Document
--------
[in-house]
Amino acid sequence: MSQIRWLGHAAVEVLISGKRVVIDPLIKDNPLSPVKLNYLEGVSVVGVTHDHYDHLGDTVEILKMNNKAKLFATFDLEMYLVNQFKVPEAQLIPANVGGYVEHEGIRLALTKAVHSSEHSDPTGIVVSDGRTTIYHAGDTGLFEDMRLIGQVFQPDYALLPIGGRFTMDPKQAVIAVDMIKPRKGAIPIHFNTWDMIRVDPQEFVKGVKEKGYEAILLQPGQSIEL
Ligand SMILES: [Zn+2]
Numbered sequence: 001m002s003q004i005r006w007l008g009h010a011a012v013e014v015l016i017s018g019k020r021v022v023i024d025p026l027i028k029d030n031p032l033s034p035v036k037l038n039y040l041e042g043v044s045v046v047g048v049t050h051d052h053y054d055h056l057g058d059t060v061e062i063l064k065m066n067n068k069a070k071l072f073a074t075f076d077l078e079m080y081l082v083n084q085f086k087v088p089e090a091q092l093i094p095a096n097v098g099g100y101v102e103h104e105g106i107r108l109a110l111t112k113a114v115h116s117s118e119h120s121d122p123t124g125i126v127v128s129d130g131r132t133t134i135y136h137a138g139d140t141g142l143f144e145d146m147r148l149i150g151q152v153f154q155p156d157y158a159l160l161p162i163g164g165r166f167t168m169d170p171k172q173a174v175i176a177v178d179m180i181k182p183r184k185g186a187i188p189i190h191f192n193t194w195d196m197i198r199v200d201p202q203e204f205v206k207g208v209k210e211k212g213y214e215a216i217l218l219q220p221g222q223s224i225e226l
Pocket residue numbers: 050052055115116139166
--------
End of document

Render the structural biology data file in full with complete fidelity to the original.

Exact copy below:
[in-house]
Amino acid sequence: MSQIRWLGHAAVEVLISGKRVVIDPLIKDNPLSPVKLNYLEGVSVVGVTHDHYDHLGDTVEILKMNNKAKLFATFDLEMYLVNQFKVPEAQLIPANVGGYVEHEGIRLALTKAVHSSEHSDPTGIVVSDGRTTIYHAGDTGLFEDMRLIGQVFQPDYALLPIGGRFTMDPKQAVIAVDMIKPRKGAIPIHFNTWDMIRVDPQEFVKGVKEKGYEAILLQPGQSIEL
Ligand SMILES: [Zn+2]
Numbered sequence: 001m002s003q004i005r006w007l008g009h010a011a012v013e014v015l016i017s018g019k020r021v022v023i024d025p026l027i028k029d030n031p032l033s034p035v036k037l038n039y040l041e042g043v044s045v046v047g048v049t050h051d052h053y054d055h056l057g058d059t060v061e062i063l064k065m066n067n068k069a070k071l072f073a074t075f076d077l078e079m080y081l082v083n084q085f086k087v088p089e090a091q092l093i094p095a096n097v098g099g100y101v102e103h104e105g106i107r108l109a110l111t112k113a114v115h116s117s118e119h120s121d122p123t124g125i126v127v128s129d130g131r132t133t134i135y136h137a138g139d140t141g142l143f144e145d146m147r148l149i150g151q152v153f154q155p156d157y158a159l160l161p162i163g164g165r166f167t168m169d170p171k172q173a174v175i176a177v178d179m180i181k182p183r184k185g186a187i188p189i190h191f192n193t194w195d196m197i198r199v200d201p202q203e204f205v206k207g208v209k210e211k212g213y214e215a216i217l218l219q220p221g222q223s224i225e226l
Pocket residue numbers: 050052055115116139166